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Robert D Feinman

Selective Sharpening

 

Almost all scanned in images require some sharpening.

Here is the raw scan with a small amount of color correction.

Raw Scan
Raw Scan

Here is a magnified part of the upper portion of the image.

The top image shows the orignal scan. Notice the poor contrast around the window frames.

The second image shows sharpening in Photoshop with the Unsharp Mask Filter. The threshold for sharpening was set to 0. This means that all pixel color transitions are sharpened. Notice that the sky has become mottled and that there is a fringe around the building edge.

For the third image, only the face of the building was selected using the color range tool. The sharpening was then applied only to the selected image with the threshold of 0. Notice that we now have improved contrast for the windows without the fringing and without the noise in the sky.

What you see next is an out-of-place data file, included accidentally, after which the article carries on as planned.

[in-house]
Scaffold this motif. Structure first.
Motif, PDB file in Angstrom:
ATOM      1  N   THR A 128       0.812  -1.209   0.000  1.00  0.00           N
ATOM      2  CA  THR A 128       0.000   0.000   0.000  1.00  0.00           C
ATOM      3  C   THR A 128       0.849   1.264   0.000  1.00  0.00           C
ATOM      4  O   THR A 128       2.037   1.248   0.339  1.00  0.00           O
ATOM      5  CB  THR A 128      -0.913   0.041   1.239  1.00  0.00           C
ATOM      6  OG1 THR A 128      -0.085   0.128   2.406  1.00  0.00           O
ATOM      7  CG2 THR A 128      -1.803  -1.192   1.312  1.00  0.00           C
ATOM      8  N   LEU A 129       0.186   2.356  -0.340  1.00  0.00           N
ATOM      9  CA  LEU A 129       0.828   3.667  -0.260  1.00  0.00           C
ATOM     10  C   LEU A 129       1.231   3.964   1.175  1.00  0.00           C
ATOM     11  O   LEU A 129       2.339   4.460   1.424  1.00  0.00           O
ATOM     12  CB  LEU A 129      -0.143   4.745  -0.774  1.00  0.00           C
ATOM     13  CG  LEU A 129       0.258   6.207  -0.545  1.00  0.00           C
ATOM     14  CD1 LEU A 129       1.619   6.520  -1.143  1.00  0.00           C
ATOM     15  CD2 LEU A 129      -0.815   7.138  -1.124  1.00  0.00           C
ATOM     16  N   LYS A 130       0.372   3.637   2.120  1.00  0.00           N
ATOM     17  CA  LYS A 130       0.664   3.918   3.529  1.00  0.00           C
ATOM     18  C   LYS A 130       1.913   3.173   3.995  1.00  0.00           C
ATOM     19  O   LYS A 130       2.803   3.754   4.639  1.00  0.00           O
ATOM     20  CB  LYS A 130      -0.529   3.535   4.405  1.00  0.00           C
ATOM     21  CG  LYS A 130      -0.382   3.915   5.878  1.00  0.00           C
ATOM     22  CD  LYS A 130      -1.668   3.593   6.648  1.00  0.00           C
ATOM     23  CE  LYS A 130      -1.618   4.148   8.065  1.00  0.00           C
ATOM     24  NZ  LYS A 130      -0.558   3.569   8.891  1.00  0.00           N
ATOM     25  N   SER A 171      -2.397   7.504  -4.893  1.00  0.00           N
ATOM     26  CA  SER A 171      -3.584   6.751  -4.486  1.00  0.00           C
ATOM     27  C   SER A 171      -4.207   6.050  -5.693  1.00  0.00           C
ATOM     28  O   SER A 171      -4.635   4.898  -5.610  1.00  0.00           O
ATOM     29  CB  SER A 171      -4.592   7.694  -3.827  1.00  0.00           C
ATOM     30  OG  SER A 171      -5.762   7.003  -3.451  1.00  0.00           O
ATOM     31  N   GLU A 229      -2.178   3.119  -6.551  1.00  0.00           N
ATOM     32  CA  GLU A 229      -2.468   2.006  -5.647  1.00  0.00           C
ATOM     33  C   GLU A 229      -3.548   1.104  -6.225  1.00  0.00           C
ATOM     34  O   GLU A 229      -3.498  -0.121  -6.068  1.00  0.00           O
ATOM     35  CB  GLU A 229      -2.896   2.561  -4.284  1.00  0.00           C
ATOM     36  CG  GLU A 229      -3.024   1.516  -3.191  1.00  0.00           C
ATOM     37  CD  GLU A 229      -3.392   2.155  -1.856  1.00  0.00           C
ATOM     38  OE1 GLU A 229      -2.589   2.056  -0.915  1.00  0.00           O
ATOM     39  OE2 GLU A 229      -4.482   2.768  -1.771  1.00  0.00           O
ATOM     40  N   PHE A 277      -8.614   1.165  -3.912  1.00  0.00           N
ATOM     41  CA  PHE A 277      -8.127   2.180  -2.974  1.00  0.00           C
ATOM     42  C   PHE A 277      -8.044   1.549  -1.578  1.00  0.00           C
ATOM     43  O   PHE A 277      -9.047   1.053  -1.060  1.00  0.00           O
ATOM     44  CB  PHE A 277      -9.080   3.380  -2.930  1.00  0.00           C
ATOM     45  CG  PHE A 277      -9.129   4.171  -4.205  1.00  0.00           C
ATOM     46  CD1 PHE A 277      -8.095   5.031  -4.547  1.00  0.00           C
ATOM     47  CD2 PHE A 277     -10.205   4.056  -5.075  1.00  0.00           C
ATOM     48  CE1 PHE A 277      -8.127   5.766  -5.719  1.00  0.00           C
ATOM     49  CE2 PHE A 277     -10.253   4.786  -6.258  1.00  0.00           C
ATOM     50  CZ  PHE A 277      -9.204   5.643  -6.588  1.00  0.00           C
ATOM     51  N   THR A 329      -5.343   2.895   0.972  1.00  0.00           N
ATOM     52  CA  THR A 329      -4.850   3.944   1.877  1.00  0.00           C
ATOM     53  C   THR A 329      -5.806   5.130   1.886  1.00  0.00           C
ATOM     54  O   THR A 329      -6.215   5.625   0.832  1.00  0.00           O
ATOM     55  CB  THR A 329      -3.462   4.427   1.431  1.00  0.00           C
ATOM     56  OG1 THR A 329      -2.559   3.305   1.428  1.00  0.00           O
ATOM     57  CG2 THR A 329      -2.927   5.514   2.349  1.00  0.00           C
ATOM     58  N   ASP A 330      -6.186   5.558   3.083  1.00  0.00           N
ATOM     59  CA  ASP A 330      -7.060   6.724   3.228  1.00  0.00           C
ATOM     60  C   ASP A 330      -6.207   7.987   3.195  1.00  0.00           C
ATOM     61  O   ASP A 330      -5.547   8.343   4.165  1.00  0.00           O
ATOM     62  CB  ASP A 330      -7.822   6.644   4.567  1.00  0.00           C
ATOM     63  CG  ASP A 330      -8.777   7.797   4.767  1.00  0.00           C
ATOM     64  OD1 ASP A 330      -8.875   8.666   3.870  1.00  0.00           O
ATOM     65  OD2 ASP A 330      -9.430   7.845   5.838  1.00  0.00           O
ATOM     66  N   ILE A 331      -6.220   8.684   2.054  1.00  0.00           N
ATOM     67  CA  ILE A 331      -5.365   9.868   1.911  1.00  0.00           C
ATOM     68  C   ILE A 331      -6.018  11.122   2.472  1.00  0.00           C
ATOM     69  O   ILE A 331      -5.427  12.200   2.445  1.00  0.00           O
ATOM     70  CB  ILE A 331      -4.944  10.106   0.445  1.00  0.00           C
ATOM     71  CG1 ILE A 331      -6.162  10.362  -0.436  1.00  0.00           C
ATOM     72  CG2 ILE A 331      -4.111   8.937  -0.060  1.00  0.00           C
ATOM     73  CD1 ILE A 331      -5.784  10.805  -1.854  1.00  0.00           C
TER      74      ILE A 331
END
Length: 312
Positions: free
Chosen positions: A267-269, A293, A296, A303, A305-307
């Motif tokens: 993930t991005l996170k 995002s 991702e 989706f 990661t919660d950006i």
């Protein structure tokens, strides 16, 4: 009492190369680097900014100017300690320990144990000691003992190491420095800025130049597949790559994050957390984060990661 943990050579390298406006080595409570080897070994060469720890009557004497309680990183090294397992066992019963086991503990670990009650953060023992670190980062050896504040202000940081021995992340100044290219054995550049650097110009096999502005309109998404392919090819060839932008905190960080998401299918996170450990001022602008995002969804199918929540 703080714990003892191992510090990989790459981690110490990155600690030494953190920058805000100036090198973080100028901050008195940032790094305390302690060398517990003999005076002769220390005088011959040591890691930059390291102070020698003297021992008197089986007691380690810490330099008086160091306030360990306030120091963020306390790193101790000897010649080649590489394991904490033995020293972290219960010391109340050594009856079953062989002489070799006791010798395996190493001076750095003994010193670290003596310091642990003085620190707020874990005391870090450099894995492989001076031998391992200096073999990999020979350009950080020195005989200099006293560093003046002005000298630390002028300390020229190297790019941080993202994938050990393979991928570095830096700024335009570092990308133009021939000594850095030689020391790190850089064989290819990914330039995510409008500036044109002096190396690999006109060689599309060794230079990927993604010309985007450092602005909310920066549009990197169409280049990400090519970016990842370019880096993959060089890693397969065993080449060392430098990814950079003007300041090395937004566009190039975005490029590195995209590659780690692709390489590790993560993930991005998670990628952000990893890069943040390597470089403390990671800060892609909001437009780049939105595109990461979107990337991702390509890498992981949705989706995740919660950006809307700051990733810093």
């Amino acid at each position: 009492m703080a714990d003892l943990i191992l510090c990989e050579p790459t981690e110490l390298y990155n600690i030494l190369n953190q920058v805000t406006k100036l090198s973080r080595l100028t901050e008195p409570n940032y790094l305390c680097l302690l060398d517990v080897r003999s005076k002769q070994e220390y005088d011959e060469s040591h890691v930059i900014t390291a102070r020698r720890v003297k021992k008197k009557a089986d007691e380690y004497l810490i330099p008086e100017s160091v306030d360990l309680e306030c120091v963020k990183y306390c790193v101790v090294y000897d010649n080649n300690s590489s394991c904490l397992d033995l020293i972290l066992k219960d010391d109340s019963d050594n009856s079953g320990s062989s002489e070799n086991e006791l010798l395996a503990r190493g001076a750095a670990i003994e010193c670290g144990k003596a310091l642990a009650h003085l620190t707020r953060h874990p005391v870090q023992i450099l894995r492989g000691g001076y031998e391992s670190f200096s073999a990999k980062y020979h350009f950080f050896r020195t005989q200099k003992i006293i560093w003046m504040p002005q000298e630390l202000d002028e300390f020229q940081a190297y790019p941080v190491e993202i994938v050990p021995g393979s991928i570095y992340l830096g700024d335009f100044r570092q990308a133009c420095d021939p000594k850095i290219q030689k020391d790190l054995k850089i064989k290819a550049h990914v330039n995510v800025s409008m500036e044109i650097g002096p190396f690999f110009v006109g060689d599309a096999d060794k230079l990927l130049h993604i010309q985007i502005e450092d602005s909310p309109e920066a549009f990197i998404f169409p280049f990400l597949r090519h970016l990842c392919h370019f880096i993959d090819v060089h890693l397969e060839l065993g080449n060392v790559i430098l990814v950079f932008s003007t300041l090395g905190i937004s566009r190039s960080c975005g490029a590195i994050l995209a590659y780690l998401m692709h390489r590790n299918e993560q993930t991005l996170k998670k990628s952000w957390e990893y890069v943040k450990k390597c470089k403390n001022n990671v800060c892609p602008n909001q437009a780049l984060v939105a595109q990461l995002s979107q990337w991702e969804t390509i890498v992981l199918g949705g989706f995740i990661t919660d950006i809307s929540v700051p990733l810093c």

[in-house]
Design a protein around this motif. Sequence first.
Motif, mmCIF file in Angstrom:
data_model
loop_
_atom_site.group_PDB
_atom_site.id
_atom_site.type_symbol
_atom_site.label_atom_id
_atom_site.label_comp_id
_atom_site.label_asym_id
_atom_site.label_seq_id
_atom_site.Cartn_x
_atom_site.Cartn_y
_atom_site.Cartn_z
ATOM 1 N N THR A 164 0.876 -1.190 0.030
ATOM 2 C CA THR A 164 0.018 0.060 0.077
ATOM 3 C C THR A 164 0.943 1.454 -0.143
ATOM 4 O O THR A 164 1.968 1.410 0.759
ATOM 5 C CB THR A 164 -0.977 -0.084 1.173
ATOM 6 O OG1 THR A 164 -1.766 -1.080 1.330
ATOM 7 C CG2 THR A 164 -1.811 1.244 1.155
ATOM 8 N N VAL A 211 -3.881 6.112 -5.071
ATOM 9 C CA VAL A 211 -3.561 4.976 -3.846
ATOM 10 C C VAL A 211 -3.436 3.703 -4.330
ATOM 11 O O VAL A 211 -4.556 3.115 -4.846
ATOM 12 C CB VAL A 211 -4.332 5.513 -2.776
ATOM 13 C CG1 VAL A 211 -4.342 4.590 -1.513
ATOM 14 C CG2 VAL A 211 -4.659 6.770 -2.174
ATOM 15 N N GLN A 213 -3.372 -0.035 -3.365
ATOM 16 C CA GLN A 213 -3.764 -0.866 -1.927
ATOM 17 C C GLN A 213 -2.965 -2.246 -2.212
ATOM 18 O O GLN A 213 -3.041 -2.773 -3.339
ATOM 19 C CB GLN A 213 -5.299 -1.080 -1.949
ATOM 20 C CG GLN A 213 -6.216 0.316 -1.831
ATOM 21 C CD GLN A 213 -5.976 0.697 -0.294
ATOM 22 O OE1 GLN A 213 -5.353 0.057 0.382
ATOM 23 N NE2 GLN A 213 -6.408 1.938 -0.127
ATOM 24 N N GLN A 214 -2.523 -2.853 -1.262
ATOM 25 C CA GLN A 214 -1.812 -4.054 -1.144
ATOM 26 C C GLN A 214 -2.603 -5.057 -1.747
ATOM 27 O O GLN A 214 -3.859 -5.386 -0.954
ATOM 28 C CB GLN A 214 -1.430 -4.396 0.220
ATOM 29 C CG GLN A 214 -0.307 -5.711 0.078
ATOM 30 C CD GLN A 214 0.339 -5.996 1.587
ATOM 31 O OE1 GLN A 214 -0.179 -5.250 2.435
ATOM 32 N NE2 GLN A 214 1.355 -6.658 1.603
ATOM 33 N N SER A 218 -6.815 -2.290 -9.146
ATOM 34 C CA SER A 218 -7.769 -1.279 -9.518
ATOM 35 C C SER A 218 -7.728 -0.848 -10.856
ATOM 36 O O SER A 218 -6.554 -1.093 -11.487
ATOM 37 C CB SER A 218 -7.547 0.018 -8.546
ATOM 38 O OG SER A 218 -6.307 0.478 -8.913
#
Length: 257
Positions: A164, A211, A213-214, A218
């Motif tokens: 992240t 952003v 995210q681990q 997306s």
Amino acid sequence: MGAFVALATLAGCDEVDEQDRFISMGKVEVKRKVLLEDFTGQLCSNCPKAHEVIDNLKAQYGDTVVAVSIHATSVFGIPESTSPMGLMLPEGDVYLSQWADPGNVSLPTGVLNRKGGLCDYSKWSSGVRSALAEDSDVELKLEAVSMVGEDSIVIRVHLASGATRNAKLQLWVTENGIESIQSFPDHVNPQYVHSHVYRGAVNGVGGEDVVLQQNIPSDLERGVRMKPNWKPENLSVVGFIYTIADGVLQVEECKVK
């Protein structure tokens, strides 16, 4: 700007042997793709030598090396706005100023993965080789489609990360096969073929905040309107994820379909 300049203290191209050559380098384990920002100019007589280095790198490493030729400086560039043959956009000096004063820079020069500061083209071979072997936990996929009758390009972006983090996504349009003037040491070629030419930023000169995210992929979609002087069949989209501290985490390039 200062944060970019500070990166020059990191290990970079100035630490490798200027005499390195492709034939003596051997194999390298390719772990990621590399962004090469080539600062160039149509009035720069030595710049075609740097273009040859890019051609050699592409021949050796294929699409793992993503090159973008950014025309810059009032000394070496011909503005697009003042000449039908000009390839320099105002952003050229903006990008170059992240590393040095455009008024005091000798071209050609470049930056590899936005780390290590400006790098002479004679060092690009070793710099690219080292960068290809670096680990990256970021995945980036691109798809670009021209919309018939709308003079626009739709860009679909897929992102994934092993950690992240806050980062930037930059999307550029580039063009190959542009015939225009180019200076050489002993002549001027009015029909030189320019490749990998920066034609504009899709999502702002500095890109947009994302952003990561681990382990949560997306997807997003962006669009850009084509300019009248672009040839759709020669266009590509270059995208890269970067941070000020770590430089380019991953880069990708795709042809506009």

sharpen_building
Sharpen Windows

In this example the top image shows a magnified portion of the name on beside the steps.

The center image shows sharpening with the threshold set to 0. In this case this causes too much noise in the wall behind the letters.

To improve the appearance we select the inverse of the previous sharpening. Thus we get everything execept the bulilding facade. We apply the Unsharp Mask and set the threshold to 6. Now the edges of the letters are improved and the noise is avoided.

By sharpening different parts of the image with different settings we can optimize the appearance while minimizing unwanted artifacts.

sharpen_base
Sharpen Base

The final image shows the results of the sharpening. In addition there has been some adjustment to the color balance and contrast. At the small size displayed here the effects may be hard to see, but when printed out at high enough resolution the result is a subtle improvement in detail. Too many images are over sharpened in an attempt to restore detail that is not available. The goal should be to make the detail stand out better without creating artifacts or an unnatural edgyness.

Click here to see this image full size.

Click here for more on sharpening.

After sharpening
Final Image
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© 2001 Robert D Feinman